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Forum Calls for Healing, Preparedness : Tensions: Panelists convened to address fears of new unrest after King verdicts say the inequalities and frustrations that sparked last year's violence can be eased.


SAN GABRIEL VALLEY — Keep a close eye on your family, stock up on plywood for your business and follow the news closely as the federal Rodney G. King beating case nears a verdict, a forum of panelists told concerned San Gabriel Valley residents last week.

But behind the tactical advice offered at the emergency preparedness forum--organized by Chinese community leaders in an effort to allay fears of renewed civil unrest--came a deeper message: Work to heal the misunderstandings and inequalities that lie at the root of ethnic tensions.

Ted Jones, of the Pasadena branch of the National Assn. for the Advancement of Colored People, posed a challenge to the audience: "Having heard from people here what will happen in the schools, what will happen with fire and safety, I have to ask . . . What about you? If an ounce of prevention is worth a pound of cure, there's a lot more that can be done at the community level."

The panelists included fire, safety and school officials, community leaders, mayors and council members from Azusa, Rosemead, Monterey Park and El Monte and the deputy director of the governor's Office of Emergency Services. The forum drew an audience of about 50 to the Rosemead Community Center.

Jones' sentiments were echoed by Monterey Park City Councilwoman Judy Chu, who sits on the board of Rebuild L.A., which was formed to mend the physical damage caused by last year's rioting while addressing some of the root inequalities and frustrations that sparked the disturbance.

She noted that tensions in the western San Gabriel Valley are less severe, in part because of better communication among ethnic groups and good community policing.

"I'd have to say in comparing Los Angeles to the western San Gabriel Valley, I think we're way ahead," she said.

The San Gabriel Valley suffered little damage during last April's riots, and Chu's heavily Asian city suffered none.

The idea for the forum originated with the Chinese American Coalition, a fledgling San Gabriel Valley organization that aided Asians who lost family members or businesses during last April's rioting. The group's leaders hoped to provide practical guidelines for dealing with any major disturbance, be it an earthquake, flood or civil uprising.

Forum participants delivered divergent messages: Garvey School District Supt. Anita Suazo assured the audience that the district has stocked up on hard hats and lanterns, and Azusa Mayor Eugene F. Moses recounted his experiences assisting the town of Watsonville after the 1991 Loma Prieta earthquake.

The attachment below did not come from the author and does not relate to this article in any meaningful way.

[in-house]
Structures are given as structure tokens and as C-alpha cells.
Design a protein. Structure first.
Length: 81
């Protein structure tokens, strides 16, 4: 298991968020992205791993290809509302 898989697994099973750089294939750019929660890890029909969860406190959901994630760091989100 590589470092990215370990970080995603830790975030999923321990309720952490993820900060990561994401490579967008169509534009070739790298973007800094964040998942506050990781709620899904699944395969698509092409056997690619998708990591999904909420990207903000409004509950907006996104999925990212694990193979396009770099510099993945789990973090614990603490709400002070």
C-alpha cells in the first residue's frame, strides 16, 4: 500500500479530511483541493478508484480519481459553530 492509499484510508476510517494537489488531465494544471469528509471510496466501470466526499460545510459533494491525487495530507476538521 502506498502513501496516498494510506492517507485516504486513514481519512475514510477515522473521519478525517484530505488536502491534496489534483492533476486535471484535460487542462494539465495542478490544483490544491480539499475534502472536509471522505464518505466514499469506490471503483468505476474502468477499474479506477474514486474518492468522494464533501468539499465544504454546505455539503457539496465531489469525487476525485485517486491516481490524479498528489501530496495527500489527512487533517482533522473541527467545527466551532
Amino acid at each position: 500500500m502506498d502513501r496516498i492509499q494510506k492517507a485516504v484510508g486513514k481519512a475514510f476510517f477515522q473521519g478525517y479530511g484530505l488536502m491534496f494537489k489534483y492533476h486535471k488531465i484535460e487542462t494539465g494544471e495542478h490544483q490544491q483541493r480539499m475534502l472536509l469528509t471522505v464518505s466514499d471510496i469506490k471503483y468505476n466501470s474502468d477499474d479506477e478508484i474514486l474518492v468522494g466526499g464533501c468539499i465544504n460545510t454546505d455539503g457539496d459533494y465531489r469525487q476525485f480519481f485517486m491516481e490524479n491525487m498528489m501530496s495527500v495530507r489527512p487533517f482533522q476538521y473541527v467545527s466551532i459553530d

Other panelists, however, steered clear of the broad topic of disaster readiness to home in on the main reason people had come to the meeting: mounting anxiety and fears of renewed rioting after verdicts are handed in the King case.

"Why am I here? It starts with a Rodney and it ends with a King," said Gil Galvan, 50, of Pasadena, who heard about the forum at his Pasadena church. Galvan said his law enforcement friends warn that trouble is looming on the horizon.

"My own opinion is that there are going to be a lot of problems," he said of the aftermath of the trial.

"We live in San Marino, very close to Pasadena, where there were problems last year," said Terri Lo, who attended the forum with her husband, Michael. The building next to his Alhambra law office was burned during last year's unrest. "We're very serious about this and worried too," she said.

Forum organizers had scrambled to put the event together, and although they had placed 800 leaflets at chambers of commerce, city halls and public libraries several days before the event, turnout was low.

The event drew an ethnically mixed crowd, but quite a few in attendance were members of other community groups or representatives of public officials who had been invited and could not attend. Louis Kuan, one of the organizers, said that while the small crowd was disappointing, the forum gave community leaders, politicians and law enforcement officials a chance to meet and, Kuan hopes, develop lasting ties.

Only about 20 people lasted until the end of the three-hour forum, but those who did got some answers to their questions.

School officials assured audience members that their children would be safe on school grounds and that they would be released only to parents or guardians in the event of a civil disturbance.

Temple City Chamber of Commerce Executive Director Marianne Milch suggested that business owners elect block captains and stock up on plywood in the event of any disturbance or disaster that could leave them with shattered windows.

Paul Flores, deputy director of the governor's Office of Emergency Services, appealed to business owners to keep copies of all important documents in a safe place.

But panelists also stressed that business owners and residents have to take responsibility for their own level of preparedness.

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